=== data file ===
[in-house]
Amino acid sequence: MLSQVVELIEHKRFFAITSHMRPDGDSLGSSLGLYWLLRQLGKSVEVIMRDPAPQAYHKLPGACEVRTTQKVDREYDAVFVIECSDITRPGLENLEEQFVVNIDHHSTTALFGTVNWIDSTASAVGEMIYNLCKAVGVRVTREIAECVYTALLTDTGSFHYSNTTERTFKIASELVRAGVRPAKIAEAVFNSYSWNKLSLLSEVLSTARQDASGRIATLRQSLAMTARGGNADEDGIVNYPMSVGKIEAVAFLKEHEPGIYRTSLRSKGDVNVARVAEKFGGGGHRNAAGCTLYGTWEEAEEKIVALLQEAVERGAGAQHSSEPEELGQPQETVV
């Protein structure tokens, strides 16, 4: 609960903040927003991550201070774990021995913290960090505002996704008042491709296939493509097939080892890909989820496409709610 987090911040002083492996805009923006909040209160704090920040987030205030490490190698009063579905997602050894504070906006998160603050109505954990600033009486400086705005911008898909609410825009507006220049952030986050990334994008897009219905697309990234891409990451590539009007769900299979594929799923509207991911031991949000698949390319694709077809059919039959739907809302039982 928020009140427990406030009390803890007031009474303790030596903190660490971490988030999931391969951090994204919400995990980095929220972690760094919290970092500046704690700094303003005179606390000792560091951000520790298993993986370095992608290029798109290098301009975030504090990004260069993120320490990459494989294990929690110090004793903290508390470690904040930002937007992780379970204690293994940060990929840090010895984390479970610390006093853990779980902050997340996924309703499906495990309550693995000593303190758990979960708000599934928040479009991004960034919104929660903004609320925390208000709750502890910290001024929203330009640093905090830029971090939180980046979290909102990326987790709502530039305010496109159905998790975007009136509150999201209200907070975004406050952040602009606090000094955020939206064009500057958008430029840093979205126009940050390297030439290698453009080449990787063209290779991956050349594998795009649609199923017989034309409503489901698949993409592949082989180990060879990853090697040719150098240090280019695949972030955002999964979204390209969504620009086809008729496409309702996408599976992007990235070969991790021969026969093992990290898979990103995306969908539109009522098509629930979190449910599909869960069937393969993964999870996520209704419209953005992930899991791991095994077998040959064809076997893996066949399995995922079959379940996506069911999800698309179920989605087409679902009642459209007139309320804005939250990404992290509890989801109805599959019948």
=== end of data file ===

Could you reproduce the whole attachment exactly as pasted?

[in-house]
Amino acid sequence: MLSQVVELIEHKRFFAITSHMRPDGDSLGSSLGLYWLLRQLGKSVEVIMRDPAPQAYHKLPGACEVRTTQKVDREYDAVFVIECSDITRPGLENLEEQFVVNIDHHSTTALFGTVNWIDSTASAVGEMIYNLCKAVGVRVTREIAECVYTALLTDTGSFHYSNTTERTFKIASELVRAGVRPAKIAEAVFNSYSWNKLSLLSEVLSTARQDASGRIATLRQSLAMTARGGNADEDGIVNYPMSVGKIEAVAFLKEHEPGIYRTSLRSKGDVNVARVAEKFGGGGHRNAAGCTLYGTWEEAEEKIVALLQEAVERGAGAQHSSEPEELGQPQETVV
């Protein structure tokens, strides 16, 4: 609960903040927003991550201070774990021995913290960090505002996704008042491709296939493509097939080892890909989820496409709610 987090911040002083492996805009923006909040209160704090920040987030205030490490190698009063579905997602050894504070906006998160603050109505954990600033009486400086705005911008898909609410825009507006220049952030986050990334994008897009219905697309990234891409990451590539009007769900299979594929799923509207991911031991949000698949390319694709077809059919039959739907809302039982 928020009140427990406030009390803890007031009474303790030596903190660490971490988030999931391969951090994204919400995990980095929220972690760094919290970092500046704690700094303003005179606390000792560091951000520790298993993986370095992608290029798109290098301009975030504090990004260069993120320490990459494989294990929690110090004793903290508390470690904040930002937007992780379970204690293994940060990929840090010895984390479970610390006093853990779980902050997340996924309703499906495990309550693995000593303190758990979960708000599934928040479009991004960034919104929660903004609320925390208000709750502890910290001024929203330009640093905090830029971090939180980046979290909102990326987790709502530039305010496109159905998790975007009136509150999201209200907070975004406050952040602009606090000094955020939206064009500057958008430029840093979205126009940050390297030439290698453009080449990787063209290779991956050349594998795009649609199923017989034309409503489901698949993409592949082989180990060879990853090697040719150098240090280019695949972030955002999964979204390209969504620009086809008729496409309702996408599976992007990235070969991790021969026969093992990290898979990103995306969908539109009522098509629930979190449910599909869960069937393969993964999870996520209704419209953005992930899991791991095994077998040959064809076997893996066949399995995922079959379940996506069911999800698309179920989605087409679902009642459209007139309320804005939250990404992290509890989801109805599959019948």